Saturday, September 28, 2013

Is it Possible to Make Meal Planning Easy

Diana here:
*--just an alert I have new glasses and there may be typos here. :)

Back to my post!

Do you find dinner time stressful?

I do. I used to be good at planning menus and even cooking for a month. Then BOOM we were empty nesters and the world was our restaurant. Surely we reasoned it was cheaper for two people to eat out than to cook especially if you added in the time to plan, shop and chop.

Guess what? It's not. Not only does it cost more let me tell you that lifestyle messes with your body weight. I was a hot mess! Exercise became mandatory! Shudder!

Then I found Dr. Mel and her menu planning system! Oh boy--yeah, my first thought was here we go another thing to figure out and it's going to take me forever. I do like the idea of organizing--or rather buying things to organize, starting with a clipboard, a label maker and maybe a few containers... Sorry I went shopping there for a moment.

Back to Dr. Mel--she has SIX kids and she homeschools, writes books and hosts is starting a podcast, so I know she doesn't have hours of free time to do meal planning. So this week I snagged her free book The Once and For All Meal Plan.
once and for all meal plan
PIN THIS!
I've read through it and am already working on planning my menus. It is so easy and makes so much sense. Here's one suggestion--write down what you cook for a month during that month so you know what you are cooking. Brilliant, right? I've always been overwhelmed with the systems that tell me to make meals that we will eat. I could never remember what I'd made, or that anyone really liked because....confession time...I am a recipe/cookbook hoarder. Don't believe me check out my best gluten free recipes and convert to gluten free recipes on my pinterest board.  I'm secretly hoping that link doesn't work. It's like offering to show someone your closets when you aren't moving.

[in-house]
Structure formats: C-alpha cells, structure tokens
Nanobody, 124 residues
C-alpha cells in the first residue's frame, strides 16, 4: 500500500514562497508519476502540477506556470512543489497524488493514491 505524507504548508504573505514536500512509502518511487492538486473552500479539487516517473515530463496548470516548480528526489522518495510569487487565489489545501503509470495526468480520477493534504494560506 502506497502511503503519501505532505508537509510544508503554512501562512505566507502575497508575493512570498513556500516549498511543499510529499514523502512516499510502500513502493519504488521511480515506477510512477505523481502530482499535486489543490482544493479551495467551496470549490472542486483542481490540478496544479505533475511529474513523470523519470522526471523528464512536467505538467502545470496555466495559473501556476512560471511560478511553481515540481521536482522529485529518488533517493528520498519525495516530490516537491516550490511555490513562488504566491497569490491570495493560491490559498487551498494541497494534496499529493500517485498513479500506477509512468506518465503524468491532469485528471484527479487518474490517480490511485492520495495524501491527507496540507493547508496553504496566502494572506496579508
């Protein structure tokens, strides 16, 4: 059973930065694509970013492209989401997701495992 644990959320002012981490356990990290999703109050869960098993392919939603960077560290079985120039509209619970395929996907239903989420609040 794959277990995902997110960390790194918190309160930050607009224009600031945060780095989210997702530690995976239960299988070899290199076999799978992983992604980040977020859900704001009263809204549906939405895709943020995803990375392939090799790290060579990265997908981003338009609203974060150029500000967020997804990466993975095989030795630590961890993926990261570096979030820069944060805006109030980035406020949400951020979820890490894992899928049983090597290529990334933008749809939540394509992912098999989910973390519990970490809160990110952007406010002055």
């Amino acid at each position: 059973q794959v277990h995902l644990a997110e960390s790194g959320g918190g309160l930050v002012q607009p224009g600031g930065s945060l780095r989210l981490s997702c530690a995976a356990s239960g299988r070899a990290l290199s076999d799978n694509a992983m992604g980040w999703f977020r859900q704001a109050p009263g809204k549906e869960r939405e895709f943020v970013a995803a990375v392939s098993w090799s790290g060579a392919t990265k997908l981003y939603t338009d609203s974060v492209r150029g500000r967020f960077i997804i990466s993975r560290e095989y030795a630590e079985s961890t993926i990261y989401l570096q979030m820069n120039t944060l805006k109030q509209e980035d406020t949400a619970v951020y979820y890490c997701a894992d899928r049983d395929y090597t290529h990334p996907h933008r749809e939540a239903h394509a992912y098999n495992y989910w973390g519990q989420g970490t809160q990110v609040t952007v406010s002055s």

Dr. Mel's book told me how to collect the (math term alert) data  and how to use the information.

Remember the book is free right now if you sign up for her newsletter. What do you have to lose but less time working your brain on answering the question, "What's for dinner?"

I just got one step closer to being that Proverbs 31 woman.(Too bad there are 1000 more steps to go before I get to be her!)

Do you have trouble with meal planning? Click to tweet!

6 comments:

  1. I find it challenging to cook for 2, especially for a husband who has unusual eating habits. When I do cook, there is enough leftovers for the remainder of the week. Maybe if I plan menus I'll find ways to use those leftovers!

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    1. Edwina,
      That is my challenge as well cooking for tow after learning to cook for 5 has it's challenges.

      I do freeze a lot of our left overs or figgure a way to
      Eat them in a different way. I make a pot of salsa chicken and the leftovers become stars on nachos, baked pototes and sometimes salad. Allrecipes should have a recipe for slow cooker or crockpot salsa chicken

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  2. I'll check it out! Although, I'll have to write down spaghetti over and over and over...

    :)

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    1. Missy, that would have been my reply too but now that I see I do make more meals than I thought I can rotate a little more often. Dr. Mel does say having those qick go to meals on the meal plan is important.

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  3. It's funny that it's harder to cook for 2 than 12 or more. We've been empty nesters now for a couple of years. I find that if I make a large meal like I would for our family, then I can store it for other meals. That helps economically and for my stress level. Because you know what?? I am busier now than when I had 6 kids and all the other friends at home! I like this idea, Diana, and am going to check it out.

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    1. Angie, I hope you find it helpful. I'm still working on parts of the book. I like how my plan is coming together. I really don't need thirty cookbooks. :$

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